Hydration Trend topics: Effects of hydration on mental and cognitive processes in children and adults

Thursday 11 de September 05:15 pm

 

Dr. Matthew Ganio

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Dr. Matthew Ganio

Dr. Matthew S. Ganio received his Master’s degree from the University of Georgia, his Ph.D. from the University of Connecticut and did post-doctoral training at University of Texas Southwestern Medical School in Dallas. He is currently an Assistant Professor of Exercise Science at the University of Arkansas and Director of the Human Performance Laboratory. 

Dr. Ganio has brought in over $400,000 in grants, published over 50 peer-reviewed articles, and published several book chapters related to his research on hydration, thermoregulation, and health. Specifically, Dr. Ganio is investigating the mechanisms by which cardiovascular and thermoregulatory responses may be altered in healthy and patient populations. He is also interested in the interaction between physiology and perceptual outcomes such as mood and cognition. This is highlighted in recent findings that mild dehydration leads to mood and cognitive detriments in men and women.

Dr. Ganio is on the Editorial Board of the Journal of Athletic Training and Journal of Strength and Conditioning Research, and serves on the Medical and Science Advisory board of the Korey Stringer Institute. He is a member of the American Physiological Society, the American College of Sports Medicine, and American Society of Nutrition.

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Trend topics en hidratación: Efectos de la hidratación sobre los procesos mentales y cognitivos en niños y adultos

Trend topics en hidratación: Efectos de la hidratación sobre los procesos mentales y cognitivos en niños y adultos

Trend topics en hidratación: Efectos de la hidratación sobre los procesos mentales y cognitivos en niños y adultos

Trend topics en hidratación: Efectos de la hidratación sobre los procesos mentales y cognitivos en niños y adultos

Conclusions

Dehydration in children has an effect on cognition, particularly on memory, and therefore if children are not encouraged to drink liquid throughout the day, they will have hydration problems in the adult age for not covering their fluid intake requirements. 
This fact stands out in Dr. Mathew Ganio´s presentation at the Active and Healthy Lifestyle Symposium. Dr. Ganio is Assistant Professor in Exercise Science and Director of the Human Performance Laboratory at the Arkansas University.

Based on evidence, Dr Ganio reported that studies show that almost 80% of children tested are dehydrated before starting sport activities and they may be starting their school day with some dehydration.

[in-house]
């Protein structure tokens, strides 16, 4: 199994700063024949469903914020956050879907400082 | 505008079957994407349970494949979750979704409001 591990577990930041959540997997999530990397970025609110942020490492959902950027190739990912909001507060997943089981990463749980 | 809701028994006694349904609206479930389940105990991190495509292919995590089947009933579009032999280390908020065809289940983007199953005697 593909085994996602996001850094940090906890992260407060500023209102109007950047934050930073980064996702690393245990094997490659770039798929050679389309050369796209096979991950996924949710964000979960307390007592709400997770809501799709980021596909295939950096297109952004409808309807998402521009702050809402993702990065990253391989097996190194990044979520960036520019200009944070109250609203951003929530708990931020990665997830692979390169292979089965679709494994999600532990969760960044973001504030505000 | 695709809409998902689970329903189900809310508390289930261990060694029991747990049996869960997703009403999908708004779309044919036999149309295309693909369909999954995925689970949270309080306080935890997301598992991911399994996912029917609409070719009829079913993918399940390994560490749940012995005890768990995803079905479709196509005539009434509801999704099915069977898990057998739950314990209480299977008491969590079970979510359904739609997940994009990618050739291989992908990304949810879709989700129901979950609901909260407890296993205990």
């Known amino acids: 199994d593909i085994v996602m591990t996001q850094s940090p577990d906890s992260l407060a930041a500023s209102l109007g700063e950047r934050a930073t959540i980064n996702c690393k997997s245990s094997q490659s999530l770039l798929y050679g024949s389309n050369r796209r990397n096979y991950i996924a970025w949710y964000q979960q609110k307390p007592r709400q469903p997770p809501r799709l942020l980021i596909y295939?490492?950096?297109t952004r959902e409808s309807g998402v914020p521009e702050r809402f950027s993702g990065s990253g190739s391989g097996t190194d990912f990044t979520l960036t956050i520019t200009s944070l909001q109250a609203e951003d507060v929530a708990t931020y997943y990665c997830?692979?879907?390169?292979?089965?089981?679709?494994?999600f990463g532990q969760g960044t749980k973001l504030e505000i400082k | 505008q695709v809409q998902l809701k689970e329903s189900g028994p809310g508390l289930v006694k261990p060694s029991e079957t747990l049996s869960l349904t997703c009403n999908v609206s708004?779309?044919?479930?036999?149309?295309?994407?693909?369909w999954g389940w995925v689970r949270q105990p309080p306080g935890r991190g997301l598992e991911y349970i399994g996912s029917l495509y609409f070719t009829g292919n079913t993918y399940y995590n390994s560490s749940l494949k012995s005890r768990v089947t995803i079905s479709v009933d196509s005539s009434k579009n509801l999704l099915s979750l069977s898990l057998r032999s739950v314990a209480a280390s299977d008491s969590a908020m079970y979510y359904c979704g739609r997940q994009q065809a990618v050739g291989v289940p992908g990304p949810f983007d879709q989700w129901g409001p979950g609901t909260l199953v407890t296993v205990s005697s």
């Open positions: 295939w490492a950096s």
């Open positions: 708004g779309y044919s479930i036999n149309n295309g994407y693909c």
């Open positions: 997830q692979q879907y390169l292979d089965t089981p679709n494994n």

Dr. Ganio presented the results of tests that measured the effects of dehydration on cognitive performance, especially in children. Some studies with adults showed that although dehydration increased visual errors, the mood of participants was not impacted by dehydration and that there is not always a link between negative mood and negative cognitive performance.

The link between cognitive performance, hydration levels and activity in children is different from that in adults. Because they are more active, children generally need a higher fluid intake, although it is not known the extent to which they are aware of their need of rehydration. However, a study carried out with children over 10 showed that dehydration had an effect on their memory.

“It is recommended that schools provide food and drinks and that teachers and school heads encourage children to drink liquid in whatever form they like the most”, he said. “We need to keep children hydrated, and we have to do that with the drinks they like”.
Studies with adults show that, as mood is part of the brain cognitive function, it can be affected by dehydration. The impact can be easily assessed with simple visual exercises that measure the speed with which a decision is made and how good that decision is. “These are the visual vigilance tests used for air controllers”, he said. “There is no doubt that dehydration causes cognitive impairment, but the important thing is to measure the relationship between dehydration and cognitive performance”. 

Dr. Ganio recommended that people be educated on dehydration, what it is, what the adequate fluid intake is, the need to change the culture. He added that there are no scientific data that back the recommendation of a specific daily fluid intake. Each body has its own requirements. 

“Variables such as age, sex and activities change the fluid intake requirement to prevent dehydration, so that the recommendation will depend on each individual case”.